4352. And fell upon his neck. That this signifies a second conjunction of all things which are in that universal, is evident from the signification of "to fall upon the neck," as being closer conjunction, for it is a closer embrace. Moreover, by the "neck" is signified in the internal sense the influx and communication of the interiors with the exteriors, and the consequent conjunction (see n. 3542, 3603). That this denotes a conjunction of all things or with all things in that universal, is because Jacob, who is here meant by "his," denotes the universal of all things in respect to truths (n. 4346).
 The conjunction of good with truths in the natural is here described, with which the case is this: Good flows in through the internal man into the external, and there conjoins itself with the truths that have been instilled through the external man. For the good that flows in through the internal is of love, because there is not any spiritual and celestial good that is not of love, from this it is, and from this it is called good in man. The love itself which is in good and with good is that which conjoins. Unless love were within and present, there could not possibly be any conjunction; for love is nothing else than spiritual conjunction, because this is effected by it. The love is from no other source than the Lord, for He is the fountain and origin of all celestial and spiritual love, consequently of all the good thence derived. This love is twofold-celestial and spiritual. Celestial love is love to the Lord, and spiritual love is love toward the neighbor, which is called charity. It is these loves from which is all celestial and spiritual good, and which conjoin themselves with the truths which are called the truths of faith; for the truths of faith regarded without love are only words without life; but through love, and thus through conjunction with the good of love, they receive life. It may be seen from this, that there is never anything of faith except with those who are in the good of love, and that the faith is according to the love.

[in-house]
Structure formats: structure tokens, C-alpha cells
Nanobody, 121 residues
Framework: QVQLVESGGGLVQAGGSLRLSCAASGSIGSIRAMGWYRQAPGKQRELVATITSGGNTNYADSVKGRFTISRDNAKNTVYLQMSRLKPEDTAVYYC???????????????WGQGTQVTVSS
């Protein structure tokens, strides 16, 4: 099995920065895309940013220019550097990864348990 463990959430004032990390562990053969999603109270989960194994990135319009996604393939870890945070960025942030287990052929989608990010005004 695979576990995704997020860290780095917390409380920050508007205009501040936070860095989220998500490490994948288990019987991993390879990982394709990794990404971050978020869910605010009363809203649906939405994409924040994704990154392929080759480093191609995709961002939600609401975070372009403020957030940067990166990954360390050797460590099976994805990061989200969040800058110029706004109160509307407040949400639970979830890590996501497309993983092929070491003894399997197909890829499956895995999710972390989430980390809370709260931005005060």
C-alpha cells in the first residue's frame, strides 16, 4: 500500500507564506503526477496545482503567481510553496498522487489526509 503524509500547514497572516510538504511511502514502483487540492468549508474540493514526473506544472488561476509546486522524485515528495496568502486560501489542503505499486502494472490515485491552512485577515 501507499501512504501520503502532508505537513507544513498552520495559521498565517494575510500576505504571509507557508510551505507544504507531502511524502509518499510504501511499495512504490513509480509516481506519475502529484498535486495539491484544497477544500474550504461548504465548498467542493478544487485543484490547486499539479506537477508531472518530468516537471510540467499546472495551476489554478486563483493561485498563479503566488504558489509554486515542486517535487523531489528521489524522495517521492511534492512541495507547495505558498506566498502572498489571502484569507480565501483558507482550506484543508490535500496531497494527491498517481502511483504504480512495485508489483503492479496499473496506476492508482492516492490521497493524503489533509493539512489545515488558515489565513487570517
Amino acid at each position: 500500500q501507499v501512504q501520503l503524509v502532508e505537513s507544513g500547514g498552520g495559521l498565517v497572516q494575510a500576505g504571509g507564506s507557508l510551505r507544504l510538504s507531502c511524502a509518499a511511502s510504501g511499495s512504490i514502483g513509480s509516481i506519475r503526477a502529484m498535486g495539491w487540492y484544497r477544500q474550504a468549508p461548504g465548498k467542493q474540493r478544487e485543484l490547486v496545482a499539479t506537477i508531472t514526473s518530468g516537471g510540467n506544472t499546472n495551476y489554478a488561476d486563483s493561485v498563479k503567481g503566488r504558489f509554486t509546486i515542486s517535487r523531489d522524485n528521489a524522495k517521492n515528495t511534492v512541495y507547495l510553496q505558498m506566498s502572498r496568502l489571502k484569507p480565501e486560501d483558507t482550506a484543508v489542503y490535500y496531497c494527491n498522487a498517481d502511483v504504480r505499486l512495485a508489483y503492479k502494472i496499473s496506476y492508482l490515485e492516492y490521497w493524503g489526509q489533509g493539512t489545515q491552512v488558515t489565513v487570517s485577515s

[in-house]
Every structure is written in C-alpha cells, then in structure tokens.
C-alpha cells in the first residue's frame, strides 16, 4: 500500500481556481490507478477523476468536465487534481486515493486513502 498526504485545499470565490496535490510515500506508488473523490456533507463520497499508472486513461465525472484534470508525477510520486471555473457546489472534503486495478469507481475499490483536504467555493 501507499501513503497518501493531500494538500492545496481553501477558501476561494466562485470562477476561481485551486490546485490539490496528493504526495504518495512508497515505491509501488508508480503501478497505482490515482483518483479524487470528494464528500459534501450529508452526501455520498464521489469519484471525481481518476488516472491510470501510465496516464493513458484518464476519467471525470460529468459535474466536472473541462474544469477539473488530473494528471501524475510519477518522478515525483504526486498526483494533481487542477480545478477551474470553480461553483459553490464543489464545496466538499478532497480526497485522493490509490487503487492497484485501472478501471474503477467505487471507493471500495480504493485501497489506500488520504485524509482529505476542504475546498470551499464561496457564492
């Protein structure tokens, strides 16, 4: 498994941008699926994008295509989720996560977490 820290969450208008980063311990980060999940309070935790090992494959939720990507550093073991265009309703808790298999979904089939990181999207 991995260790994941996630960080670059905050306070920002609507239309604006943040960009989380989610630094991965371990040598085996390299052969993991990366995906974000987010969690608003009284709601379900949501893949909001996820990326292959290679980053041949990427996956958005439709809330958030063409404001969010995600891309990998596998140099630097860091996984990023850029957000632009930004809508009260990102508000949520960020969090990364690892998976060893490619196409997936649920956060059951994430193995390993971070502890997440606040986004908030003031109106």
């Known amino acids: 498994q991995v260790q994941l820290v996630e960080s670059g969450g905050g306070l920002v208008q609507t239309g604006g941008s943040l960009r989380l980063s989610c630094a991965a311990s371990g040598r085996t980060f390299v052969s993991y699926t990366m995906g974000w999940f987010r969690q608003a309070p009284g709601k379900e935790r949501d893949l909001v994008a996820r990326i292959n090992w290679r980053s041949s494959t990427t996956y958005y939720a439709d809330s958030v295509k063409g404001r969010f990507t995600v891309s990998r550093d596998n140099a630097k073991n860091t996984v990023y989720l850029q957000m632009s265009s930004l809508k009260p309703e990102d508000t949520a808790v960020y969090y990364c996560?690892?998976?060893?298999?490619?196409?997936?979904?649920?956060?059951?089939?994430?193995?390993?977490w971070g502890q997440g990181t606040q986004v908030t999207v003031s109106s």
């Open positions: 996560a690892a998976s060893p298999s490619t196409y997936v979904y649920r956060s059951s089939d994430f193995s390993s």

And as there is never anything of faith except with those who are in the good of love, therefore neither is there any confidence or trust. With all those who are not in love and charity, the trust or confidence which is called the trust or confidence of faith, is either spurious, or such as is also possible with diabolical spirits when they are in a state of fear or of anguish, or in a state of persuasion from the love of self and of the world. But because at this day men have made faith saving without the goods of charity, and yet see from afar that the truths of faith cannot save, because these exist also with the wicked, therefore they acknowledge confidence and trust, and call this faith, not knowing what it is, and that it is possible even with the wicked, and that there is no spiritual confidence except that which flows in through the good of love and charity-not at the time when the man is in fear and anguish, or in persuasion from the love of self and of the world, but when he is in a state of freedom; and not with any but those in whom good has been conjoined with truths, and inrooted by the previous course of life; thus not in sickness, misfortunes, perils of life, or when death is at hand. If this confidence or trust which appears in a state of compulsion would save a man, all mortals would be saved; for to this kind of confidence everyone is easily reduced, and there are none to whom the Lord, who wills the salvation of all, would not impart it. But as regards the confidence or trust which is called faith-what this is, what is its nature and with whom it is found, will of the Lord's Divine mercy be told elsewhere.